By Hillel Aron
By Joseph Tsidulko
By Patrick Range McDonald
By David Futch
By Hillel Aron
By Dennis Romero
By Jill Stewart
By Dennis Romero
Until the last year or so. Instead of incremental improvement, Sophie began to seem trapped in a cycle of sinking and rising, sinking and rising. And each new struggle to the surface appeared to deepen her fatigue. On the downswings, she ran up debts, and bounced on and off welfare. As Sophie suffered, so did her children. Her mothering became haphazard and distracted. She uprooted herself and her kids every few months for flimsy reasons, often leaving behind their possessions in the departure. Peter, the 10-year-old, demonstrated his unhappiness by acting out at each new school. And though she was expert at hiding it, there were signs that Sophie was starting to self-medicate with unsettling regularity.
WHEN, BY TUESDAY MORNING, SOPHIE STILL hadn't called, there were practical considerations in addition to the worry. Isabel was nearly out of money. She'd gotten married in the summer, but Gus, her new husband, was not noticeably energetic when it came to finding employment, so Isabel had to be the breadwinner. Recently, she'd had to quit work to care for her ill mother and three younger brothers. A week ago, Gus had gotten himself arrested on a minor drug charge. Now the family was managing on the barest of public assistance. Isabel didn't mind the added work of Sophie's kids, but three more hungry mouths in the household put her over the edge financially. "The boys don't have any clothes except what they were wearing when Sophie brought them," Isabel told me. "And Matty, the 2-year-old, is out of diapers." Isabel wanted to know if I could send her some cash.
This presented a bit of a problem. I'm a single mother myself and was battling my own unpleasant cash crunch as the holidays approached. I could comfortably afford to send 50 bucks or so, but that wasn't going to go very far. On the other hand, my son and I have a nice home, an SUV and a few shares on the NASDAQ. Isabel had next to nothing and was caring for three boys who might never see their mother again. Should I sacrifice my own family's Christmas to send her the money she needed? Damn Sophie! I thought. What the hell is she doing?
I tried calling Father Greg Boyle, the Eastside priest known for his work with gangs, to see if his office could ante up any support. Father Greg knows Isabel and Sophie as well as I do. "It's clear what needs to be done here," he said when I reached him. "Somebody needs to call Child Protective Services. Those kids need some stability. They need to be in foster care, and Sophie needs to be in rehab. Anything else is a Band-Aid."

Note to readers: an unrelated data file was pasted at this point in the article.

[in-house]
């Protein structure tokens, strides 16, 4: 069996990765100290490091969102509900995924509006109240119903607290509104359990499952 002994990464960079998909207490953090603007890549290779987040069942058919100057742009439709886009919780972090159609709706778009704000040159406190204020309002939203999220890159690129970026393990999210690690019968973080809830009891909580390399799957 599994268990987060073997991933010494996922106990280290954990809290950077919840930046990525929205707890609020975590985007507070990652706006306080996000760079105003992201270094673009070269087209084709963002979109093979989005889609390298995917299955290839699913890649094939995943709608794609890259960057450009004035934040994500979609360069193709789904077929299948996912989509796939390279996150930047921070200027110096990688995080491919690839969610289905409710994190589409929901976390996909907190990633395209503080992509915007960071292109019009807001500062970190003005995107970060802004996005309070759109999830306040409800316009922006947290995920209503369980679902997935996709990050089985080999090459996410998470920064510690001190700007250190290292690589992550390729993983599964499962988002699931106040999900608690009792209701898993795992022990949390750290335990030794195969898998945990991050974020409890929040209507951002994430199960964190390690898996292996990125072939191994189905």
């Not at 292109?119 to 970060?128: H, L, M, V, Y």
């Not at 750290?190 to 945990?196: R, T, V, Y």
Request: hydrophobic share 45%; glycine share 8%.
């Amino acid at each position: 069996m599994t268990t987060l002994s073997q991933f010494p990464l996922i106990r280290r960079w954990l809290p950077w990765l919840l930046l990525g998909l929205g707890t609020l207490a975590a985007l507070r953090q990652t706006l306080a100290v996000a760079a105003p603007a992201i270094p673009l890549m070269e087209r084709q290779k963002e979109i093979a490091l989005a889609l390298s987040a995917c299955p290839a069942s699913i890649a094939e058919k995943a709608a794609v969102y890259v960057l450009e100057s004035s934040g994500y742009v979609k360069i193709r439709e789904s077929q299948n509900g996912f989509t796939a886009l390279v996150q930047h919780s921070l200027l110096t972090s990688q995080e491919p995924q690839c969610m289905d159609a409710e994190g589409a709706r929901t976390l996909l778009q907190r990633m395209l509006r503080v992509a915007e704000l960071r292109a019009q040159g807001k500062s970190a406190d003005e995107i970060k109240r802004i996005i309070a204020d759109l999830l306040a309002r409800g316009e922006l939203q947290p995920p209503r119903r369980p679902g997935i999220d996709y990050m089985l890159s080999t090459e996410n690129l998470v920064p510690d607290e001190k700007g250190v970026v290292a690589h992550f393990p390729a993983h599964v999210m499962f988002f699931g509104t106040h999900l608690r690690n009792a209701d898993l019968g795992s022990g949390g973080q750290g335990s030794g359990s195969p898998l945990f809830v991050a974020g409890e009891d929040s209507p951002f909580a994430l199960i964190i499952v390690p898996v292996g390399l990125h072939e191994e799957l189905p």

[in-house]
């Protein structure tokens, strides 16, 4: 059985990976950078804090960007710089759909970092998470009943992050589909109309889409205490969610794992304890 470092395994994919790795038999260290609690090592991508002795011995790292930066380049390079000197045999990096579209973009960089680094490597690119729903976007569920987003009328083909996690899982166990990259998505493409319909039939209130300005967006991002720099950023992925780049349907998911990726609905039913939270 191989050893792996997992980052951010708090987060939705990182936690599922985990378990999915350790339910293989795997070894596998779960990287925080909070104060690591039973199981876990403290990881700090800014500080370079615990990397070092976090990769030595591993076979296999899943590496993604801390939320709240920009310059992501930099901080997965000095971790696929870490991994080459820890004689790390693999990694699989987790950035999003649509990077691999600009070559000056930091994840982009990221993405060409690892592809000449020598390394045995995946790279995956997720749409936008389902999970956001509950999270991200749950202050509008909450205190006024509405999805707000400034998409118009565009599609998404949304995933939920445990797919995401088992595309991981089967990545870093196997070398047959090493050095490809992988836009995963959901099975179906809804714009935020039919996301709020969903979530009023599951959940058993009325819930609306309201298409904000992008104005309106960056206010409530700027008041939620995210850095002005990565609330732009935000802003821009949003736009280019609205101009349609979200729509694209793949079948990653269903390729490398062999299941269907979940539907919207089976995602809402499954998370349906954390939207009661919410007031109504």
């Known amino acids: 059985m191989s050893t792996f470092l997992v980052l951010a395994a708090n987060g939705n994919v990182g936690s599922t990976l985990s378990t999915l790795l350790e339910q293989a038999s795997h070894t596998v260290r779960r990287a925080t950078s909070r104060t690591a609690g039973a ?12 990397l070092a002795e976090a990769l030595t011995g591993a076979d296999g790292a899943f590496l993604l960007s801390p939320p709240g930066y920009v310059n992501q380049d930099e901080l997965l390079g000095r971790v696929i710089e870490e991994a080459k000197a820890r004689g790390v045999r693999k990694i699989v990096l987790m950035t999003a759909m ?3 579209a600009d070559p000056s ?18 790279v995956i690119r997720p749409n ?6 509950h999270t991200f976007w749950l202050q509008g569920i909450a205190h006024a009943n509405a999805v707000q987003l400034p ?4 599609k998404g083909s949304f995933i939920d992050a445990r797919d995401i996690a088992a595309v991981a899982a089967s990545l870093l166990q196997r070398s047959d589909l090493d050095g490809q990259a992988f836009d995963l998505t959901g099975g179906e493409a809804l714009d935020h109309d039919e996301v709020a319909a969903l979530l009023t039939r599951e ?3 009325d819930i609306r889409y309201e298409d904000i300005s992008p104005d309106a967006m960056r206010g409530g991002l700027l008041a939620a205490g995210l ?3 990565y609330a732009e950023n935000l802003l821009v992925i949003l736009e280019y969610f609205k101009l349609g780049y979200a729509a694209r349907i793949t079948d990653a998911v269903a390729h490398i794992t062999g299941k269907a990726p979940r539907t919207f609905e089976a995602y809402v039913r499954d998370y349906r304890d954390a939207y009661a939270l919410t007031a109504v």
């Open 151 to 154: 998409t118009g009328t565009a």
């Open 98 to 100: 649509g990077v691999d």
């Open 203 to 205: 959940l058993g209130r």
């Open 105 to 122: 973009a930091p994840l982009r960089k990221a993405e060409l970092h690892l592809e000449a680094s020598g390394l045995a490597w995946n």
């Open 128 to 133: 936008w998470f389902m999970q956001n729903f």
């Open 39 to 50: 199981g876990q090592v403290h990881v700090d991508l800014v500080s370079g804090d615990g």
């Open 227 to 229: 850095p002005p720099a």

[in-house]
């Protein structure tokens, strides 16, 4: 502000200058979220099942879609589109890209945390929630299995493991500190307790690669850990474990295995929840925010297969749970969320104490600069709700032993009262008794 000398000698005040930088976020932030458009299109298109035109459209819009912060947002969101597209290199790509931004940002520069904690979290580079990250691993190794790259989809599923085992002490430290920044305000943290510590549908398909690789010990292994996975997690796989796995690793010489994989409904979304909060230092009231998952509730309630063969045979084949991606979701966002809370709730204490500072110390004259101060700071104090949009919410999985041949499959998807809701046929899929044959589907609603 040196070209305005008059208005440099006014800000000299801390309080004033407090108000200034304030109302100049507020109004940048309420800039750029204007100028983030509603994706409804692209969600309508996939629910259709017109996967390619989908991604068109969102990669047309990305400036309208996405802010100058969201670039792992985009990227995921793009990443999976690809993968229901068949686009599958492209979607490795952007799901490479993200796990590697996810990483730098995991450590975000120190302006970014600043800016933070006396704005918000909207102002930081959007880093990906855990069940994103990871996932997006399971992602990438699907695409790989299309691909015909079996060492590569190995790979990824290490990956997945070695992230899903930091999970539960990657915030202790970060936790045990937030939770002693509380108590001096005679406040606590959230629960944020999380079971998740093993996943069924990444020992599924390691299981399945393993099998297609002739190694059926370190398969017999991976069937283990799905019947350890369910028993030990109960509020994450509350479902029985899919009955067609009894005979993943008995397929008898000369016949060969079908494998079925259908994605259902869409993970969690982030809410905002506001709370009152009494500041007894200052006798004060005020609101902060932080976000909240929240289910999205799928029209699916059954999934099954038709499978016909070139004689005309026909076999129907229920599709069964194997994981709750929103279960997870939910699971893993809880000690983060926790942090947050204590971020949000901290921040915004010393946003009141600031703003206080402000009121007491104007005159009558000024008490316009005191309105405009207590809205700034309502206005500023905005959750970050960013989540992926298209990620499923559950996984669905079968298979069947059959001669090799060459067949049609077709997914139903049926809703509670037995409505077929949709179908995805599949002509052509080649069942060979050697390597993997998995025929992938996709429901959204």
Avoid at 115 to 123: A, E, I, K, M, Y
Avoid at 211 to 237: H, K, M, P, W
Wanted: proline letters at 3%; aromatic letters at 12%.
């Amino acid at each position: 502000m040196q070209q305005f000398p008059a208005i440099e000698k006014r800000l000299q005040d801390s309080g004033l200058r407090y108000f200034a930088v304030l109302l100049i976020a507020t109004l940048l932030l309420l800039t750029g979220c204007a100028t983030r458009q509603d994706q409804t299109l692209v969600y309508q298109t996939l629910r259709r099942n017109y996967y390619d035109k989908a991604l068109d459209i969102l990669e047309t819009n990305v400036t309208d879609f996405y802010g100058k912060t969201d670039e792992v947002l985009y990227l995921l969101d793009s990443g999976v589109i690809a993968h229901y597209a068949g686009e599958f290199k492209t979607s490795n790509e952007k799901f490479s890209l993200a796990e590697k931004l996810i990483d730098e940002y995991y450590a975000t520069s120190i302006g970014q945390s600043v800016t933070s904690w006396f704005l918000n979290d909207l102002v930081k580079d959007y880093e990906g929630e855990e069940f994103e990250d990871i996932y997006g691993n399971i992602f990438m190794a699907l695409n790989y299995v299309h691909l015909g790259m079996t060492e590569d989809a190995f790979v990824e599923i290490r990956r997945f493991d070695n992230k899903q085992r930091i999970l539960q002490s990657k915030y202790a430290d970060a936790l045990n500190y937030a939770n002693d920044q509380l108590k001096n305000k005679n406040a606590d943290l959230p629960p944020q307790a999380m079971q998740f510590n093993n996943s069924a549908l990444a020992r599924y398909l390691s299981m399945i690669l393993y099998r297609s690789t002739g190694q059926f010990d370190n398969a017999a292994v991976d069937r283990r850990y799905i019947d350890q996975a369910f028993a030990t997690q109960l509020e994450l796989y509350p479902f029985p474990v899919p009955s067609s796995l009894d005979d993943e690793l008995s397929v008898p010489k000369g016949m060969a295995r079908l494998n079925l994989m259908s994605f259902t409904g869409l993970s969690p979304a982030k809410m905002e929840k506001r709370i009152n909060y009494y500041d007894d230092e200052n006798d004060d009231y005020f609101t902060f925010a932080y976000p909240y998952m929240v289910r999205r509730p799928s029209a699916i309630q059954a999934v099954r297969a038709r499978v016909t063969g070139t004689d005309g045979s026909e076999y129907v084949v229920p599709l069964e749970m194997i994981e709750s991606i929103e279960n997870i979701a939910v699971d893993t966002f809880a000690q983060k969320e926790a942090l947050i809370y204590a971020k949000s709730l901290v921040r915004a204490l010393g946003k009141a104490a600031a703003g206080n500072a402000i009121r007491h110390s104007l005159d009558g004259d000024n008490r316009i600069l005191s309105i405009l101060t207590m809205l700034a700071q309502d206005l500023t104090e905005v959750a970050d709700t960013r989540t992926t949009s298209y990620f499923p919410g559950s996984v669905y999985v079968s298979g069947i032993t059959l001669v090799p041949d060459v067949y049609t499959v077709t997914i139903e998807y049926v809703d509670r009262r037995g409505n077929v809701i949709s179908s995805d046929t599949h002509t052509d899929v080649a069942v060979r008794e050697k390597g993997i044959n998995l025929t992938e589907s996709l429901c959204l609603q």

"No," blurted Isabel emphatically when I relayed Father Greg's suggestion. She agreed about Sophie and rehab, but not about foster care. "I won't let those kids get in the system. First of all, they'll separate them, you know they will, and that'll break the baby's heart." Isabel had been in foster care as a girl, and knew the system from the inside. "My sister and I had a pretty good foster family. But for my little brothers it was terrible. Those people made them feel like they were nothing. Lower than nothing. I know how it feels to be in somebody's house where you don't belong, and I don't want that to happen to Sophie's boys." A pause. "Maybe I could find a way to keep the kids while she's in rehab -- you know, apply for emergency aid or something."
Father Greg had given me the name of a man named Henry Marquez, a social worker with the Department of Children and Family Services. I called him, thinking he might have an idea how Isabel could get some kind of emergency financial assistance. Once I'd outlined the situation, Marquez -- a sympathetic and sensible man -- described several options. Sophie could write out and have notarized a plan indicating her intention to place the kids with Isabel for a given period of time. Isabel could then take the document and apply for additional aid, which Marquez surmised she could get fairly quickly. Or Sophie could let the kids enter the system voluntarily, indicating that she needed time to go into treatment and get her life in order. "This would give her a little more power in the eyes of the court when it comes time to get her kids back," said Marquez. But both of these scenarios required Sophie, who was still nowhere to be found.
Marquez wanted to know if there was a blood relative who could take the kids. I said I didn't think so. Sophie's mother was still using; the boys' father, Angel, was in prison; Angel's mother had a felony record and was furious at Sophie anyway. "She's in favor of turning the kids over to the county right now," I said. Isabel, on the other hand, was willing to take the boys, and they seemed comfortable around her.
"Well, let's hope we can make it work," said Marquez. "You don't want these kids to enter the system if you can help it. The county doesn't make a very good parent."